Though Silas Redd is back after having preseason knee surgery, and Tre Madden came back after sitting out the Notre Dame game, Justin Davis hurt his ankle and is done for the year. Add in injuries to the offensive line—including this game, with Kevin Graf going down in the first half—and a less experienced receiving corps than desired, and USC is unable to provide a consistent run game.
Three weeks ago the Trojans used five different backs to run for 249 yards in the win over Arizona, but that number fell to 129 against Notre Dame and then bottomed out Saturday against Utah.
USC ran for just 30 yards against the Utes. Even if you take out the 30 yards in sack yardage, that's just 60 yards on 25 carries. And Madden had runs of 13 and 12 yards, meaning the other 23 rushes averaged 1.5 yards per carry.
Redd, who ran for 112 against Notre Dame, had 10 carries for zero yards.
With Marqise Lee out again due to injury, USC was without its top playmaker for Utah.
Actually, it wasn't. The Trojans had Nelson Agholor.
Agholor, a question mark to play because of a rib injury sustained against Notre Dame, had six catches for 97 yards, including a nifty 30-yard touchdown grab in the first quarter where he showed off his speed (to get around a Utah defender after initially making the catch) and footwork for tiptoeing the sideline the last 10 yards for the score.
The sophomore, who had just 19 catches last season, is USC's leading receiver this season with 40 receptions for 539 yards and three TDs.
No matter what it takes, the Trojans need to keep him healthy. If so, Cody Kessler will know he's got someone reliable to throw to in games, no matter how many walk-ons he works with during practice.
The announced crowd on Saturday was just over 64,000 fans, and that was generous, as the Los Angeles Coliseum had many an empty area of seats.
Roughly the same attendance number was given for USC's win over Arizona on a Thursday night a few weeks back, the first game after Ed Orgeron took over for Lane Kiffin.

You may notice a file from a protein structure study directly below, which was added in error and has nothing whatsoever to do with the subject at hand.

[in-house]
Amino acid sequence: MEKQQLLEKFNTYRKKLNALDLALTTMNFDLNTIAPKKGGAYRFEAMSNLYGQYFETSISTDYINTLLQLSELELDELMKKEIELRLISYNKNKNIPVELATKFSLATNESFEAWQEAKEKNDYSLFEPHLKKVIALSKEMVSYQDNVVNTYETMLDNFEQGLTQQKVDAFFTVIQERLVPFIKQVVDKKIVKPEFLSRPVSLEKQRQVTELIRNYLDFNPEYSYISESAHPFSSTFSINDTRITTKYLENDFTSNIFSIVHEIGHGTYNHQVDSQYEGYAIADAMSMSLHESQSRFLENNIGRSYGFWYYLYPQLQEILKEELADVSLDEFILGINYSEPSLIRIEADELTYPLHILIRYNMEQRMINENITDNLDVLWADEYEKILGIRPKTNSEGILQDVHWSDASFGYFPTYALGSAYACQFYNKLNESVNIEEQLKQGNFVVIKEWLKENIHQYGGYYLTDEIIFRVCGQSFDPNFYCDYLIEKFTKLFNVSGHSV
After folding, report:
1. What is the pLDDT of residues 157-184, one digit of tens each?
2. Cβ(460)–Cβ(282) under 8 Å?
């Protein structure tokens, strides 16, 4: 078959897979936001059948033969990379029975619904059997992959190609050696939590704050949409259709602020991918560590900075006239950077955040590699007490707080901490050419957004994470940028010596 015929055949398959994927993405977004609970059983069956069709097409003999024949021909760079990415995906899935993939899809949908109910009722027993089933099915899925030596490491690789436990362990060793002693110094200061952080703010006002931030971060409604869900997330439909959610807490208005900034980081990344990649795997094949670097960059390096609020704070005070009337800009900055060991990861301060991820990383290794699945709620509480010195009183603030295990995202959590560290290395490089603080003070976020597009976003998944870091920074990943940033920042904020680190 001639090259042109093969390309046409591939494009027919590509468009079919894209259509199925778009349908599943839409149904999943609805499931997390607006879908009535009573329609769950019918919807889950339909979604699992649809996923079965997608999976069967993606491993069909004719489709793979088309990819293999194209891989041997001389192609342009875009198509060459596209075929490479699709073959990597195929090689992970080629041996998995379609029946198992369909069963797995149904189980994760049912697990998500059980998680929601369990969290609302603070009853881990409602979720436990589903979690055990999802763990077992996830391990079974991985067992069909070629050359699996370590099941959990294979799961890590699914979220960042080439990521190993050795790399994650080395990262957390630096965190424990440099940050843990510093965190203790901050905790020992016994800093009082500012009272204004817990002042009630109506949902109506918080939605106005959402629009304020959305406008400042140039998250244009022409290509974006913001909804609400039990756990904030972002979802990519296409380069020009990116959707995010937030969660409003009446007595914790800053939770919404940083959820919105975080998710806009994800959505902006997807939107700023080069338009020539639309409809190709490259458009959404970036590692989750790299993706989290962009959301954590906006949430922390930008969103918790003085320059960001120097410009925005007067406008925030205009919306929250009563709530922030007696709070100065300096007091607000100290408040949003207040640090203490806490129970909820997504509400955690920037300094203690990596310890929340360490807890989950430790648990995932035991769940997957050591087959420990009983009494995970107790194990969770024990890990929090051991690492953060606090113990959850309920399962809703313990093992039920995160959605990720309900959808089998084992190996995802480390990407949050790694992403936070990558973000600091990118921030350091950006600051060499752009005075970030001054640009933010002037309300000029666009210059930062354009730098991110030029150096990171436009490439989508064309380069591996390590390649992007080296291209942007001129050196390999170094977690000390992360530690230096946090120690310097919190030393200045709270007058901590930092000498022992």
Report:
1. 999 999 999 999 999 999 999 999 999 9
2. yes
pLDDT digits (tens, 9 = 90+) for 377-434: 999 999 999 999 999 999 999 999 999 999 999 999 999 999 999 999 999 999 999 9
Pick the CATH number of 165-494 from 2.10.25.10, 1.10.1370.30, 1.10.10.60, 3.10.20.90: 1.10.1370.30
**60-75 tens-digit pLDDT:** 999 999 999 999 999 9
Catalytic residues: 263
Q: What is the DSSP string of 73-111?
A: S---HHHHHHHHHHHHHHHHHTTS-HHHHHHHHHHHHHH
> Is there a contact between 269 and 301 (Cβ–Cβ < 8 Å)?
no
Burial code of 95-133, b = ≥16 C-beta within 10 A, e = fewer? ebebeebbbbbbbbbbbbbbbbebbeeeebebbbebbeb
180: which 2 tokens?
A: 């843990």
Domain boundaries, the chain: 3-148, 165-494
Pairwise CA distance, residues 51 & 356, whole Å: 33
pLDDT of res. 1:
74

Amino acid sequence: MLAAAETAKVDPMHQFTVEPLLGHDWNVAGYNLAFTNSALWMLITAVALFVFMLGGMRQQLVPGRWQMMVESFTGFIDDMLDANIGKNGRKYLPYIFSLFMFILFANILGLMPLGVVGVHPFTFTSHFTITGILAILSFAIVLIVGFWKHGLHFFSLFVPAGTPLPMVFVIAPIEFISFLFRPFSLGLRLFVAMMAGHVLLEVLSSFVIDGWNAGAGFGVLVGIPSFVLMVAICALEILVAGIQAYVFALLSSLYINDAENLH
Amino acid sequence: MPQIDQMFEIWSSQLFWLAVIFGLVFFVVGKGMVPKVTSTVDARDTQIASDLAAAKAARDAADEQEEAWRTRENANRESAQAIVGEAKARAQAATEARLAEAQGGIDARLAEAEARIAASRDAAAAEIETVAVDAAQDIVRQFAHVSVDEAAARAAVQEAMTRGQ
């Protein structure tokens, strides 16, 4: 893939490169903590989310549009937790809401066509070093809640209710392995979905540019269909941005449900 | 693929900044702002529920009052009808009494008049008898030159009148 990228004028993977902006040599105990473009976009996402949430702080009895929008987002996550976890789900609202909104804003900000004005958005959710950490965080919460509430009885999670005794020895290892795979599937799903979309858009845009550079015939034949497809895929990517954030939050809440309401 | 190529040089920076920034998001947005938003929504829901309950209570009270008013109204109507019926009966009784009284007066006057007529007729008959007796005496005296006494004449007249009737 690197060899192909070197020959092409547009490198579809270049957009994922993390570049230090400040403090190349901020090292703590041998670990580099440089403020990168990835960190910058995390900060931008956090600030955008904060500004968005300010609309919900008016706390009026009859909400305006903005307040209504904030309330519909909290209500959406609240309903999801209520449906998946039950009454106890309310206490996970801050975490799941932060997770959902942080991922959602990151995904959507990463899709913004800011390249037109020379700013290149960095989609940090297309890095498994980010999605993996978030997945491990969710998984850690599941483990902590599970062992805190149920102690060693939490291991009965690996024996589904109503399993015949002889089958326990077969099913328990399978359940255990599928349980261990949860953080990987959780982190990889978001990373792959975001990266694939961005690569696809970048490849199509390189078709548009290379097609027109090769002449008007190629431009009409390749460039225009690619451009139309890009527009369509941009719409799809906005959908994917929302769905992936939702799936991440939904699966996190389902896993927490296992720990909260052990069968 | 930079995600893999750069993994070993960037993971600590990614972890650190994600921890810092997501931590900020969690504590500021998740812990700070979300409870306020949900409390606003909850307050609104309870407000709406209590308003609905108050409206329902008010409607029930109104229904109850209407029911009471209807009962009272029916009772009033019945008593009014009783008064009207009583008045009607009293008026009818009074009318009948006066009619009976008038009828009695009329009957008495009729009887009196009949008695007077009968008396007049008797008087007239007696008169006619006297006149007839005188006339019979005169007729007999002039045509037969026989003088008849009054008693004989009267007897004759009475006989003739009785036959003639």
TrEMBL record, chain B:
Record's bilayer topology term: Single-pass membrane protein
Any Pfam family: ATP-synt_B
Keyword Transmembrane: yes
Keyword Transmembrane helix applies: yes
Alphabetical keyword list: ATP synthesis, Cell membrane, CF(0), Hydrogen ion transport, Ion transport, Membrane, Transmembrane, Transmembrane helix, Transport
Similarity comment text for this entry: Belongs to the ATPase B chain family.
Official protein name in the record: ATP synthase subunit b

Compare that to nearly 78,000 who showed up for the Trojans' season opener in September, and you can see the support isn't there.
It's too bad, really, because the current version of USC is playing much more inspired and energetic than before Kiffin was fired. It's a shame more people haven't been there to see that.
The odds of it happening are probably less than 10 percent, but Orgeron deserves a legitimate sniff at the permanent head coaching job.
He's 2-1 in the interim role, and probably would be 3-0 if USC hadn't had so many injuries at Notre Dame.
But even more than that, he has the Trojans playing with fire, passion and smiles. That wasn't the case to start the season under Kiffin.
Orgeron isn't an offensive guy—there's no argument there. He's deferred to his offensive coordinator for all parts of the offense other than motivation, and if given an interview, he'd have to convince athletic director Pat Haden he'd bring in a big-time coordinator to handle USC's offense.
USC is almost certainly going to look outside for its next coach and try to hit a home run. Even if Orgeron doesn't get the main gig, whoever comes in should keep him around as the defensive coordinator.
USC and Utah were close enough in ability that beating the Utes wasn't considered an upset. If you looked at the Trojans' remaining schedule earlier this week, a win over Utah was probably penciled in.
And because of that, USC is going to qualify for a bowl game. It needs to win seven games to be bowl eligible, unlike the normal six wins, because of the 13th game allowed for playing at Hawaii to start the season.
Of the remaining five games, only two can really be called "winnable" for USC: Nov. 9 at California and Nov. 23 at Colorado. Win those, and any other victories are gravy.
They'd be some pretty tasty gravy, though; the Trojans have to play Friday at No. 25 Oregon State, host No. 6 Stanford on Nov. 16 and finish the regular season at home Nov. 30 against No. 12 UCLA.